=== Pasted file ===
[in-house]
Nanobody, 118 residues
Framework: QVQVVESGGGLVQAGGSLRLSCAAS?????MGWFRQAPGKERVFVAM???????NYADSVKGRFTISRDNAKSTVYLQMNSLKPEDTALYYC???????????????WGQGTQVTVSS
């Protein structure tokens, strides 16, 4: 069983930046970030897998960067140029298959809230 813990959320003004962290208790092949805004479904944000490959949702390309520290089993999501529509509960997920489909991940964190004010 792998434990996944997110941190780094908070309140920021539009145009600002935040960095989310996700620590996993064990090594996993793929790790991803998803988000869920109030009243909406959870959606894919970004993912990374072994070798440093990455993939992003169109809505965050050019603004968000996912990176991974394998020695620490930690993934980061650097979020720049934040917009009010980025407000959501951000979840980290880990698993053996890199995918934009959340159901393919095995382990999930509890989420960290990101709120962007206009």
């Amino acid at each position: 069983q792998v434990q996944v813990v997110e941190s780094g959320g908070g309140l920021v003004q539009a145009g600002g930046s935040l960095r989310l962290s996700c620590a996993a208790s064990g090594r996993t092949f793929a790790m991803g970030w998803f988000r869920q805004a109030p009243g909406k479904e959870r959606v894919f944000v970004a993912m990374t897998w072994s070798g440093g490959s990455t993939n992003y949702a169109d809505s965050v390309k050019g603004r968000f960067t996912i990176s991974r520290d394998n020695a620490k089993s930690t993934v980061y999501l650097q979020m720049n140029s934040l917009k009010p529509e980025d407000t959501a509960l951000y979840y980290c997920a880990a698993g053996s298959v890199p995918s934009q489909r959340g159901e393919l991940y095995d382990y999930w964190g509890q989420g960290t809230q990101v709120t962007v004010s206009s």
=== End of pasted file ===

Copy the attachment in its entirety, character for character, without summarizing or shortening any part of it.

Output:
[in-house]
Nanobody, 118 residues
Framework: QVQVVESGGGLVQAGGSLRLSCAAS?????MGWFRQAPGKERVFVAM???????NYADSVKGRFTISRDNAKSTVYLQMNSLKPEDTALYYC???????????????WGQGTQVTVSS
């Protein structure tokens, strides 16, 4: 069983930046970030897998960067140029298959809230 813990959320003004962290208790092949805004479904944000490959949702390309520290089993999501529509509960997920489909991940964190004010 792998434990996944997110941190780094908070309140920021539009145009600002935040960095989310996700620590996993064990090594996993793929790790991803998803988000869920109030009243909406959870959606894919970004993912990374072994070798440093990455993939992003169109809505965050050019603004968000996912990176991974394998020695620490930690993934980061650097979020720049934040917009009010980025407000959501951000979840980290880990698993053996890199995918934009959340159901393919095995382990999930509890989420960290990101709120962007206009």
């Amino acid at each position: 069983q792998v434990q996944v813990v997110e941190s780094g959320g908070g309140l920021v003004q539009a145009g600002g930046s935040l960095r989310l962290s996700c620590a996993a208790s064990g090594r996993t092949f793929a790790m991803g970030w998803f988000r869920q805004a109030p009243g909406k479904e959870r959606v894919f944000v970004a993912m990374t897998w072994s070798g440093g490959s990455t993939n992003y949702a169109d809505s965050v390309k050019g603004r968000f960067t996912i990176s991974r520290d394998n020695a620490k089993s930690t993934v980061y999501l650097q979020m720049n140029s934040l917009k009010p529509e980025d407000t959501a509960l951000y979840y980290c997920a880990a698993g053996s298959v890199p995918s934009q489909r959340g159901e393919l991940y095995d382990y999930w964190g509890q989420g960290t809230q990101v709120t962007v004010s206009s």